Have you ever looked back at old photos of yourself?
You pour over old shots of you smiling, making a funny face, downing a drink, or wearing a specific outfit. You reminisce about that time, consider what you were thinking, who you were with, and why you chose to look the way you did.
I rarely look back this way. I get sucked in and too critical of myself. The younger version of me never considered the older version judging my actions. Even now, when someone snaps a picture, I never worry if my future self would approve. I was just living the way I wanted to, happily, smiling, hair waving, just like always.
Today, I flipped through the old albums. Facebook makes it much too easy. I came across this gem, my junior yearbook photo, 6 years ago. I think about all the worries in my life then. In my popped collar and my slip on vans, the most important thing to me was if I remembered to do my AP US History worksheet or if I was going to be late for homeroom.
After last week’s post about talking to your future self, it made me think more about what my past self would have thought of me now.
The L.L. Bean backpack toting, nerdy note taking, quirky teenager isn’t far off from where I am now. I just traded in my backpack for a cross body purse and my notes for typing mindlessly on the computer.
Before college, you don’t seem to be able to picture yourself after it’s all over. The huge mountain of college life seems to obstruct your visual field and makes it impossible to see beyond your fears and excitement.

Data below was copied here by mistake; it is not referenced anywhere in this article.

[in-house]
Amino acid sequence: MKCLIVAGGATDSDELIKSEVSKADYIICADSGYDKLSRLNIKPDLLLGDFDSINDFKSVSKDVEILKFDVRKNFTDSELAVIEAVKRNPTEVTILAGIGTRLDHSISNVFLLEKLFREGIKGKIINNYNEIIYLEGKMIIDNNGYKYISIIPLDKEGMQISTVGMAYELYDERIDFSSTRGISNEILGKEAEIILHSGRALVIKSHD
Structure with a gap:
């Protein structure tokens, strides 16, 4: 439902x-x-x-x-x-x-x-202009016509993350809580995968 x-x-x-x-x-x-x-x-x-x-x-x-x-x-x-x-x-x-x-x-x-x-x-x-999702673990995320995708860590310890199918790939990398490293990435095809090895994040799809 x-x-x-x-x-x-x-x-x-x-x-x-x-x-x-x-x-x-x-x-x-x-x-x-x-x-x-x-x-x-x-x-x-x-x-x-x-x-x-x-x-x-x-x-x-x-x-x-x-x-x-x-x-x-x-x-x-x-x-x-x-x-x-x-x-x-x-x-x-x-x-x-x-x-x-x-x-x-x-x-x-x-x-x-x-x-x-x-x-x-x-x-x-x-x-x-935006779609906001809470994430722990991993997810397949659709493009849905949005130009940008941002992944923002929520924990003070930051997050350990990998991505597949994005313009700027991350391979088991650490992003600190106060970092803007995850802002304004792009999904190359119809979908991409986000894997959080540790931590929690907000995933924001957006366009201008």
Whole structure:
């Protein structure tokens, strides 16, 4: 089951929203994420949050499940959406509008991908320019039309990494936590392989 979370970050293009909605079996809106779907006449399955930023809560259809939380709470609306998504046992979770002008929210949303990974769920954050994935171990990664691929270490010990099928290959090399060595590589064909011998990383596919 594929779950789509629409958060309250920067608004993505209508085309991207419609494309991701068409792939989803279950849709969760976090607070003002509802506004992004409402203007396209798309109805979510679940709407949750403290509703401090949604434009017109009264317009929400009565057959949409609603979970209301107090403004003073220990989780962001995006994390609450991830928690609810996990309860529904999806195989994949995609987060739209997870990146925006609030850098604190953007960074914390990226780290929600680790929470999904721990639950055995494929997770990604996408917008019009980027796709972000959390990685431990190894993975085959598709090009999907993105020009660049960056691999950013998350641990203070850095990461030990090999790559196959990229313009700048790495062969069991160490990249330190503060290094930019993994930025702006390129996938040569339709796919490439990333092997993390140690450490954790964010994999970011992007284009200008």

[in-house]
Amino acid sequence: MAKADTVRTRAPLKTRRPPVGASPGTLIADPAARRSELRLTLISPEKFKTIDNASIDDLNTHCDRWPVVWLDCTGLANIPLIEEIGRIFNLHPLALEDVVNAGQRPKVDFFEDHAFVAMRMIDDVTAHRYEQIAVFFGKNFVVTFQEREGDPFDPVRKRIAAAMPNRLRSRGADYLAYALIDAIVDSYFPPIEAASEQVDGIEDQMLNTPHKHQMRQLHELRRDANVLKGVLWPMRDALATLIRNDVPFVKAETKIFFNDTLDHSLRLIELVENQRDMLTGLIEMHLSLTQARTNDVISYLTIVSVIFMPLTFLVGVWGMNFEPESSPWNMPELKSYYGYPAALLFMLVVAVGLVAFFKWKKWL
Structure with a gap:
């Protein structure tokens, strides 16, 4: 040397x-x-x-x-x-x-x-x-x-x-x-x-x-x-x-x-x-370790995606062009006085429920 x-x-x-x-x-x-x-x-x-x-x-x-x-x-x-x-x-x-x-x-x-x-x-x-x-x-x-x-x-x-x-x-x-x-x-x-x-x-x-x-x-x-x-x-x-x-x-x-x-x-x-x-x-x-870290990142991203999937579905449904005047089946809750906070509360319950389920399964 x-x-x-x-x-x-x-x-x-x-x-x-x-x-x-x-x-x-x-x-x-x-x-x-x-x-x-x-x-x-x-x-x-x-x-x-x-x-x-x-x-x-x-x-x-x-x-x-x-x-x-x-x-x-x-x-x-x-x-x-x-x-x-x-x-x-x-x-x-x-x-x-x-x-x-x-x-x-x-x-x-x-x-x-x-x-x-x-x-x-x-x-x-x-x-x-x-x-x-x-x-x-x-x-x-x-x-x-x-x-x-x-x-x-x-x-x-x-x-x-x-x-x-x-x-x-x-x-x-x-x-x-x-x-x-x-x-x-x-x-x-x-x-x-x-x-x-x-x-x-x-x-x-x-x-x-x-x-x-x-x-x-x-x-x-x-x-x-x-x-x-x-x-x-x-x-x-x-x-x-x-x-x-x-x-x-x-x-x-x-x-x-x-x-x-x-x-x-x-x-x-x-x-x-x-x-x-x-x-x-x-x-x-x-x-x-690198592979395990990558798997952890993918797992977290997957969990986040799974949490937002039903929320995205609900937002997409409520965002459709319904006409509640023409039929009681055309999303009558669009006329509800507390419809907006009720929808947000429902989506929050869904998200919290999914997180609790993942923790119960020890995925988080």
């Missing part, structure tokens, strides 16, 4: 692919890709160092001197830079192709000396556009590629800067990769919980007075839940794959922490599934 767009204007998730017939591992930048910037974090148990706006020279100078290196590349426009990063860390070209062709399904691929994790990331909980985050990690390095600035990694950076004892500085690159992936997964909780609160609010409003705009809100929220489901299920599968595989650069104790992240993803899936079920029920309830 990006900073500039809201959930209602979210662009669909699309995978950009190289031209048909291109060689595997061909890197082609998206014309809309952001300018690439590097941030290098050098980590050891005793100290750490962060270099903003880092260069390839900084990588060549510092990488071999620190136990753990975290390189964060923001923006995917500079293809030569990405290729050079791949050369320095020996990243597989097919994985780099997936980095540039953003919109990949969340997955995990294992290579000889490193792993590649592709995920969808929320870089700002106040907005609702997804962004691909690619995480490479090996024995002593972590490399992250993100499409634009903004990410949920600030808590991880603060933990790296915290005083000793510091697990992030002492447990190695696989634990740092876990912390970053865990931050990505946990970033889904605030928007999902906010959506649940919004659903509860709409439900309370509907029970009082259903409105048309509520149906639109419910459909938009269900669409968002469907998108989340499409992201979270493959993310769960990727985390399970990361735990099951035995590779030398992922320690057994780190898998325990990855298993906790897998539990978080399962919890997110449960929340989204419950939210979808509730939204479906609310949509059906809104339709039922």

Before college, you chose what you could imagine a person similar to you enjoying. You chose what you thought sounded “cool” and “unique”.
In high school, I never pictured the me buried deep in Adobe Creative Suite, grocery shopping with coupons, and parallel parking near an apartment that you live at alone. It’s funny that without a road map or instructions, I’ve found myself here. But at this point I’m completely aware of the past and present. I’m (just like I always was) completely unaware of the future.
I think my next phase in life is simple: keep on keeping on. Instead of fretting over everything like I have a tendency to do now, maybe I’ll take a page out of my 16 year old self’s book.
I think the ambiguity and mystery of the future is just as exciting as the future itself. No matter what happens, it’s eventually going to happen. If I just decided that after the next 6 years I’ll be doing something “cool” and “unique” I’m sure I’ll be happier than I could even imagine now.
I think you pretty much summed up what most twenty-somethings think when they look back on high school. We never really picture life where it is right now, but somehow it all works out- right? Your idea of taking things one day at a time as a mantra is one most people overlook, but also one of the best ways to move forward. Living in the present will help keep life simple. It always does.
I hope you continue blogging and reflecting on life after college. You are a fabulous writer and storyteller-thank you for sharing your past few months!
Sending you tons of confidence, good fortune and sunshine as you start your next step!